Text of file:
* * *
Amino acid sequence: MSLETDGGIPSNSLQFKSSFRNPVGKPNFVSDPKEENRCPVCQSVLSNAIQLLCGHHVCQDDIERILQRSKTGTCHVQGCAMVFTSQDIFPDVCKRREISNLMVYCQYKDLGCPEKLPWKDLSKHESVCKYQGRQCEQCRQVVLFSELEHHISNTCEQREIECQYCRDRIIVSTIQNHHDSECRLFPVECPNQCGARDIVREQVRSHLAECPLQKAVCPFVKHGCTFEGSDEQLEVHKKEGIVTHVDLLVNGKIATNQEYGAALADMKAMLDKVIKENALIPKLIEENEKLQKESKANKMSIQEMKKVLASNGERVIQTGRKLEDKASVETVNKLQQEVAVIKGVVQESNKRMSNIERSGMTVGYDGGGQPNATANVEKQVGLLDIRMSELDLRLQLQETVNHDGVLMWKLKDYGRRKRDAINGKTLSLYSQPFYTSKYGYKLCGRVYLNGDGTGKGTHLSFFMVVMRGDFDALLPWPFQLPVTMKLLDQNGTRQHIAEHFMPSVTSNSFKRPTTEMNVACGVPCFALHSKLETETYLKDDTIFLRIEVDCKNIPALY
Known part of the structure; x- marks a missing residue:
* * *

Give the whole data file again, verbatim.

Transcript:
Amino acid sequence: MSLETDGGIPSNSLQFKSSFRNPVGKPNFVSDPKEENRCPVCQSVLSNAIQLLCGHHVCQDDIERILQRSKTGTCHVQGCAMVFTSQDIFPDVCKRREISNLMVYCQYKDLGCPEKLPWKDLSKHESVCKYQGRQCEQCRQVVLFSELEHHISNTCEQREIECQYCRDRIIVSTIQNHHDSECRLFPVECPNQCGARDIVREQVRSHLAECPLQKAVCPFVKHGCTFEGSDEQLEVHKKEGIVTHVDLLVNGKIATNQEYGAALADMKAMLDKVIKENALIPKLIEENEKLQKESKANKMSIQEMKKVLASNGERVIQTGRKLEDKASVETVNKLQQEVAVIKGVVQESNKRMSNIERSGMTVGYDGGGQPNATANVEKQVGLLDIRMSELDLRLQLQETVNHDGVLMWKLKDYGRRKRDAINGKTLSLYSQPFYTSKYGYKLCGRVYLNGDGTGKGTHLSFFMVVMRGDFDALLPWPFQLPVTMKLLDQNGTRQHIAEHFMPSVTSNSFKRPTTEMNVACGVPCFALHSKLETETYLKDDTIFLRIEVDCKNIPALY
Known part of the structure; x- marks a missing residue: